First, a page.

Ch. 17-20

Created by poetikc 

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What was Seward's folly?

The purchase of Alaska from Russia for 7 million dollars (btw, that's SUPER cheap compared to the amount of revenue the U.S. has gained from the oil found there)

What were the Alabama Claims?

The Alabama was a ship (blockade runner) that was constructed by Britain for the Confederacy. William Seward, the secretary of state, demanded an indemnity payment from the British (we're sorry... payment). However, before the payment of $15million dollars was finalized, Seward was replaced by Hamilton Fish

What was the age of capital?

A time period right after the Civil War where federal funds were used for internal improvement.

Pacific Railway Act of 1862

The Union Pacific and Central Pacific railways could get a huge tract of land from Nebraska to California that was given to them by the government. This was the checkerboard pattern thingy Mr. G drew on the board to demonstrate how it worked. The railroads would sell the land given to them to finance the building of the railroads while the government kept every other piece of land for themselves.

Why could the Burlingame Treaty of 1868 be considered an act of discrimination towards the Chinese?

The Chinese were allowed to immigrate to the US, but the treaty didn't guarantee naturalization (becoming a citizen). One of the main reasons this act was passed was to get the Chinese to come and work on the railroads.

Why was the Exclusion Act of 1882 racist?

A: It banned Chinese immigration into the US for the next 10 years. The Chinese could also be deported.

Q: Where did the "wedding of the rails" take place?

A: Promontory, Utah

Q: What was the "Morganization" of the railroads and why was it called this?

A: Many of the railroads that received federal funding started to go bankrupt and J.P. Morgan (big man with big money) bought out most of the railroads.

Q: What was the significance of Big Jim Hill's Great Northern Railroad?

A: It was the only railroad that didn't receive any government funding so it was one of the few that wasn't bought out by Morgan.

Q: Why could John D. Rockefeller's Standard Oil company be considered a monopoly?

A: It was so powerful that it controlled almost 90% of the nation's oil.

Q: What was the Boss Tweed & Tammany Hall scandal about?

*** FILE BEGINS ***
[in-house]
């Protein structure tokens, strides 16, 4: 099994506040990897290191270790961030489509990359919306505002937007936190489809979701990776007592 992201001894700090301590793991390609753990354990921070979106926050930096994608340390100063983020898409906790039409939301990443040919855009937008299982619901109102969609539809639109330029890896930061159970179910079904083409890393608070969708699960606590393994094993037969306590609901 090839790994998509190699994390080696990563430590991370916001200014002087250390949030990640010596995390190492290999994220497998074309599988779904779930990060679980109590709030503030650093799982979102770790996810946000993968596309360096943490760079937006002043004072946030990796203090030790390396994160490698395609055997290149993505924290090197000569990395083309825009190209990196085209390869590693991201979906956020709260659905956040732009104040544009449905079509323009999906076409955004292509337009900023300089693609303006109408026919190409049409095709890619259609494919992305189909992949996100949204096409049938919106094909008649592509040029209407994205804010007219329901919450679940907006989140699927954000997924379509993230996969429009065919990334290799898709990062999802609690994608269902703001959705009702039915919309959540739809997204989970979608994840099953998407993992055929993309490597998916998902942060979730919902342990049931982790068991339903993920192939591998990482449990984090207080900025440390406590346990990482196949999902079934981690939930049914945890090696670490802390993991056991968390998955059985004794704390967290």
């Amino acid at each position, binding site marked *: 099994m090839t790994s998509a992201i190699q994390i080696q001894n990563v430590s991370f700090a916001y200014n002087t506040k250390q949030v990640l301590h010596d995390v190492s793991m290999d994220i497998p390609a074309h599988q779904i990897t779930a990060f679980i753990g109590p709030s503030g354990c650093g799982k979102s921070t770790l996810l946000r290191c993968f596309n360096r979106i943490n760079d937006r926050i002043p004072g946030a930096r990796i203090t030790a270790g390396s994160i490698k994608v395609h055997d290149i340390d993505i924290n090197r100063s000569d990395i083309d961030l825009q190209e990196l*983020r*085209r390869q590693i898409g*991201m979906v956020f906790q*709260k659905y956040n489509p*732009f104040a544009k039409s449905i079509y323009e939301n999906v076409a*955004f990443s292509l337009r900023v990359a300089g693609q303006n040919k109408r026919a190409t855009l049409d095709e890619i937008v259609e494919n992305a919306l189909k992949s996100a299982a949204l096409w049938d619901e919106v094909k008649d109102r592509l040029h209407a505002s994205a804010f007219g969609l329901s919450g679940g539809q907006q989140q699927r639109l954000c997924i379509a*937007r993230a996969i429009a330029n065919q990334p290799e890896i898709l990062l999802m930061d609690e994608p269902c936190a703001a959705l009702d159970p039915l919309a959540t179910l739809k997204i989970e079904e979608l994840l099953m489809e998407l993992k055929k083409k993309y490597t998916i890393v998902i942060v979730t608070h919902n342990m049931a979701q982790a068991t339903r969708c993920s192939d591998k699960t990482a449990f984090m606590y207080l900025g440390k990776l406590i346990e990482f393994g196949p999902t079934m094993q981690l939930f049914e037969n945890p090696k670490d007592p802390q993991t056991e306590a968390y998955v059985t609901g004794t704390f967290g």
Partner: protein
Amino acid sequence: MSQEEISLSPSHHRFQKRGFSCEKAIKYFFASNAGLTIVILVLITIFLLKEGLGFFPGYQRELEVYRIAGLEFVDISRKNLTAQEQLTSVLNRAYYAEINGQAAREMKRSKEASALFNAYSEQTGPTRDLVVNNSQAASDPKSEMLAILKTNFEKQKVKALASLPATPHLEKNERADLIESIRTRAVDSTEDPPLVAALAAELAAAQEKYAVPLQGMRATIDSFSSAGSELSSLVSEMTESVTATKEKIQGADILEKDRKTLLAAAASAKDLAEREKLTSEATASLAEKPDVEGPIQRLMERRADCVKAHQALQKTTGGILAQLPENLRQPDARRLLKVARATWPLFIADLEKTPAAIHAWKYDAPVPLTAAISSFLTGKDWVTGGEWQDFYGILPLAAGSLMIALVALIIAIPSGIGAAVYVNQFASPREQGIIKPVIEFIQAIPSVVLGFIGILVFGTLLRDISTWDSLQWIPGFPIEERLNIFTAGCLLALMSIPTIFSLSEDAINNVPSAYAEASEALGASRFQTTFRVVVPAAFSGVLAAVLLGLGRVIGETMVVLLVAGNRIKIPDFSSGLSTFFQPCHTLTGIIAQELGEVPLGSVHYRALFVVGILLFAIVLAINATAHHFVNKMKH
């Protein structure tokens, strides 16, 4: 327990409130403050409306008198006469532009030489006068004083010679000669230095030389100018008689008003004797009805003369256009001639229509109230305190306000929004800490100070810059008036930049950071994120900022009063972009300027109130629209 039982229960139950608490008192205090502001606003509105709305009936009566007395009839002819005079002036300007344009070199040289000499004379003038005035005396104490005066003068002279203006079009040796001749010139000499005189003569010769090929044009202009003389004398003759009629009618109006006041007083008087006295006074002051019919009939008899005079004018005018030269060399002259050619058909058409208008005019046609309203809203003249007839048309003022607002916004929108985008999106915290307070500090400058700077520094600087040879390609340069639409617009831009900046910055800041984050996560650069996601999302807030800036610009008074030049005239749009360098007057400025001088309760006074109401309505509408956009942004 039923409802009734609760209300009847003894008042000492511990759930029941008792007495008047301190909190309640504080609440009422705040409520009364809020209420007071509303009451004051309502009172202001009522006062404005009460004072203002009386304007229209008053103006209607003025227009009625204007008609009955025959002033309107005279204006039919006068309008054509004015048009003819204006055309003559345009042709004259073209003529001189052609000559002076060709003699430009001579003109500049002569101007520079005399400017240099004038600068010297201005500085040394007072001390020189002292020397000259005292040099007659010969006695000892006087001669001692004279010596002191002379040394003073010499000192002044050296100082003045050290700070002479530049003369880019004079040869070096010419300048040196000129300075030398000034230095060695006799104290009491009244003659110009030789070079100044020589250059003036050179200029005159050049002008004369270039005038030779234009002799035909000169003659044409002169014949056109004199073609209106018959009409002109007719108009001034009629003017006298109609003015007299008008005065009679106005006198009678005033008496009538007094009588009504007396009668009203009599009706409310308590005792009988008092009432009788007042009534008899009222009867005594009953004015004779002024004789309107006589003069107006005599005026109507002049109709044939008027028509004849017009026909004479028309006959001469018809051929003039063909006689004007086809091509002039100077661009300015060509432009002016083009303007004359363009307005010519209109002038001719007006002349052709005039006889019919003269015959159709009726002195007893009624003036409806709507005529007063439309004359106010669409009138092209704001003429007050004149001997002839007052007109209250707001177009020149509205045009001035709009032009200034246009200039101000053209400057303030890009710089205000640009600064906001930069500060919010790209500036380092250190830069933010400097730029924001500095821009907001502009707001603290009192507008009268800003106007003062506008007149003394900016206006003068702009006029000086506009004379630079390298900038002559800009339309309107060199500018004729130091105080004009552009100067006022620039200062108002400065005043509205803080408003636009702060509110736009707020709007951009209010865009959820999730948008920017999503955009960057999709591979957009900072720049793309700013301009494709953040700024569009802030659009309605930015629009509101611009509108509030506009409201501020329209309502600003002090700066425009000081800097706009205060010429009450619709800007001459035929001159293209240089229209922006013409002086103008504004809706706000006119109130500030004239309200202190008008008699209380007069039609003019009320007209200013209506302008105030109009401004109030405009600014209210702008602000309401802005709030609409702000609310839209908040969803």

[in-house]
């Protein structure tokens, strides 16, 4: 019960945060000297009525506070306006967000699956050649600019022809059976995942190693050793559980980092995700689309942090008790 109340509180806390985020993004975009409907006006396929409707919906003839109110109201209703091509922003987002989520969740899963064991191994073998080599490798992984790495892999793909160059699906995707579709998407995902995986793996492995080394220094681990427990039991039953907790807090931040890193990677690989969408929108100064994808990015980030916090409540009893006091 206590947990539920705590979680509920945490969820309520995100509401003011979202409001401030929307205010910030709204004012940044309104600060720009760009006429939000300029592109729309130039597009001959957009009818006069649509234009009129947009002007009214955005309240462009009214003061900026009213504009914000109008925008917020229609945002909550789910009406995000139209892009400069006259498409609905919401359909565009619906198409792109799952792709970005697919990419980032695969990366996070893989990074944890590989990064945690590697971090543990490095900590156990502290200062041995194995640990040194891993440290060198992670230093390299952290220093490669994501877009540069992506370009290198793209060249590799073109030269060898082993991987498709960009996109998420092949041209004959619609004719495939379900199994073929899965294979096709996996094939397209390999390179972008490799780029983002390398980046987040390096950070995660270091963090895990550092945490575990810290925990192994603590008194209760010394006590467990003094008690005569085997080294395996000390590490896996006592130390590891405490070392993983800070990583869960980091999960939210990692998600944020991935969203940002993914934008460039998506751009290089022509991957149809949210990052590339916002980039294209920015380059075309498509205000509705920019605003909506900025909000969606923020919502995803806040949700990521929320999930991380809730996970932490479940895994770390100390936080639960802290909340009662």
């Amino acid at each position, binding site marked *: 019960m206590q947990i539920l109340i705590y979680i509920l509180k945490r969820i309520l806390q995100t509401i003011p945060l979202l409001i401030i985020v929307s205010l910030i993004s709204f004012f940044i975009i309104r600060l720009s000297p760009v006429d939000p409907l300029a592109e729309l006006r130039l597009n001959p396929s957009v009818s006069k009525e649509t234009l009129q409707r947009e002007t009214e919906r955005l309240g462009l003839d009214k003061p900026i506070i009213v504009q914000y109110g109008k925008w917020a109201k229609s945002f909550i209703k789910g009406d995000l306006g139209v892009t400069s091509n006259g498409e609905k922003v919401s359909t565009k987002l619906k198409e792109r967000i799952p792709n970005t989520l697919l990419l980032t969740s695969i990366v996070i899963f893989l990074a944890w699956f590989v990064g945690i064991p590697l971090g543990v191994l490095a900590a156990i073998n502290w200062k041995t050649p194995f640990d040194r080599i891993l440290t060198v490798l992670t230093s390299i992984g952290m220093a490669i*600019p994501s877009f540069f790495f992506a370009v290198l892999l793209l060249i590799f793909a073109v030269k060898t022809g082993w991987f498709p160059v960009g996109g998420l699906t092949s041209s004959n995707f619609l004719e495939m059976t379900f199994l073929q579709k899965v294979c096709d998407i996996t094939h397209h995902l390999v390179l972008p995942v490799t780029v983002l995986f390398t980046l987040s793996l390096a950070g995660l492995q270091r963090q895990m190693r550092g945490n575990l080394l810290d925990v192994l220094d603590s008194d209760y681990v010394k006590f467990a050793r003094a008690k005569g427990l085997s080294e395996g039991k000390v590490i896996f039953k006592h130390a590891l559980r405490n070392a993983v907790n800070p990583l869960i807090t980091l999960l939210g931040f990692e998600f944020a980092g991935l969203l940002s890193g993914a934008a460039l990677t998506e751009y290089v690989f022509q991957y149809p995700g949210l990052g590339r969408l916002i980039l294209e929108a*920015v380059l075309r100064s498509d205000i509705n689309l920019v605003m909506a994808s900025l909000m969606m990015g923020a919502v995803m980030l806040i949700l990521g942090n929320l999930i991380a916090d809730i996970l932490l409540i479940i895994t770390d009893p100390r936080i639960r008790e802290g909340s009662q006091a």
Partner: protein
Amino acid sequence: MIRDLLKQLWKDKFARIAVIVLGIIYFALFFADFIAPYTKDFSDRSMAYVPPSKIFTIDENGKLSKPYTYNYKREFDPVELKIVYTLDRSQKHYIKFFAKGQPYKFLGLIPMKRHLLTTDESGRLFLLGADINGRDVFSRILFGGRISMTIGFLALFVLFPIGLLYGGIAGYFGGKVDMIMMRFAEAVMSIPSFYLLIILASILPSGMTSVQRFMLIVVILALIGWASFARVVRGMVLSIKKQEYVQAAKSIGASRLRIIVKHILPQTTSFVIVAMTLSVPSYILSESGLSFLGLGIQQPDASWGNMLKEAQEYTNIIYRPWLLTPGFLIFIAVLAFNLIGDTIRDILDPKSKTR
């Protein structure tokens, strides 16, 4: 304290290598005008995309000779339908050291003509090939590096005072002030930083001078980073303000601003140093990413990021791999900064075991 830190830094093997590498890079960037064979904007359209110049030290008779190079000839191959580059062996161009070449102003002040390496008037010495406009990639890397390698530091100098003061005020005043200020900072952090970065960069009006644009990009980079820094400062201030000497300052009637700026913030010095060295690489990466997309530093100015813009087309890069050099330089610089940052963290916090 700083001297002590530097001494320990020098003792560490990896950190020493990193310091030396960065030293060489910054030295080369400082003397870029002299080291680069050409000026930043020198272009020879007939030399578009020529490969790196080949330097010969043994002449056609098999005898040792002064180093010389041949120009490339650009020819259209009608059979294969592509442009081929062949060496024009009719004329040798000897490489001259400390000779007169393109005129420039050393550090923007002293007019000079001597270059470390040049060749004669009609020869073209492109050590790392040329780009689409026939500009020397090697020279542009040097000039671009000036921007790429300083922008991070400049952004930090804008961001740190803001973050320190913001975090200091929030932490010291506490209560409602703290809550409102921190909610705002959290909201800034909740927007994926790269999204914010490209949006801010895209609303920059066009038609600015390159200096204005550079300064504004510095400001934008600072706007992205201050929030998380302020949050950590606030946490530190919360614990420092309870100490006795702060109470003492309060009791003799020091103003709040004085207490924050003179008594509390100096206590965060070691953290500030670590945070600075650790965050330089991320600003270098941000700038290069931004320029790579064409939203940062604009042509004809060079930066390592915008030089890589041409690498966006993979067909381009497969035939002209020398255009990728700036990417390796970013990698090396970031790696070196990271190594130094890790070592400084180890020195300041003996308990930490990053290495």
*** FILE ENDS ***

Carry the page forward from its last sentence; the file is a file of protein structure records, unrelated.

A: This was Democratic corruption at city level - Tweed was the "boss" of the Democratic Party and he and his buddies stole 10's of millions of dollars from the city treasury. Samuel Tilden was the prosecutor of the scandal.

Q: What was Thomas Nast's importance?

A: Nast further publicized the whole ordeal by drawing caricatures and cartoons of the Tweed Ring. Boss Tweed was so desperate he offered Nast $500,000 to stop making the cartoons.

Q: What was the Gold Corner scandal?

A: This was Republican corruption at national level. For more information, look on page 8 in your chapter 17 SMO. Keep in mind that Jay Gould and Jim Fisks' plan WORKED.

Q: During the panic of 1873, what was the conflict over government charity?

A: The government saw the depression as a "natural yet painful" part of the business cycle and it allowed only the strongest enterprises and workers to survive. It had sort of an "economic Darwinism"-esque essence.

Q: What was so weird about the election of 1876?

A: This explanation might be a tad long... The race between Hayes and Tilden (PROSECUTER OF BOSS TWEED!) was extremely close. Neither candidate had 185 electoral votes which were required to win the presidency. There were 20 disputed votes in Florida, LA, South Carolina, and Oregon. The issue was resolved by the establishment of a bipartisan Electoral Commission that was composed of 7 democrats, 7 republicans, and ONE independent. HOWEVER, the independent member dropped out of the commission and was replaced by a Republican. Think...what did this mean for Tilden, the Democrat? Now that the majority was Republican, and that each member voted along their party lines, Hayes won the presidency by one vote in the commission. All disputed electoral votes went to him.

Q: Who coined the term "Gilded Age" and what did it describe?

A: Mark Twain. The term described a period in time (1865-1901) where when you looked at the surface, the US seemed to be shining bright with riches and luxuries and very wealthy people , but those images only covered the majority of the population: the common man.
Need some help fully understanding what it was? Here's the definition for gilded: to cover something with a thin layer of gold

Q: What was the concentration approach towards Indians actually trying to do?

A: It wasn't trying to resolve tribal conflicts, it was actually trying to deal with each tribe one at a time (make it easier for the government).

Q: What was the Dawes Severalty Act?

A: Individual Native Americans could receive land from the government if he had broken the bond between him and his tribe.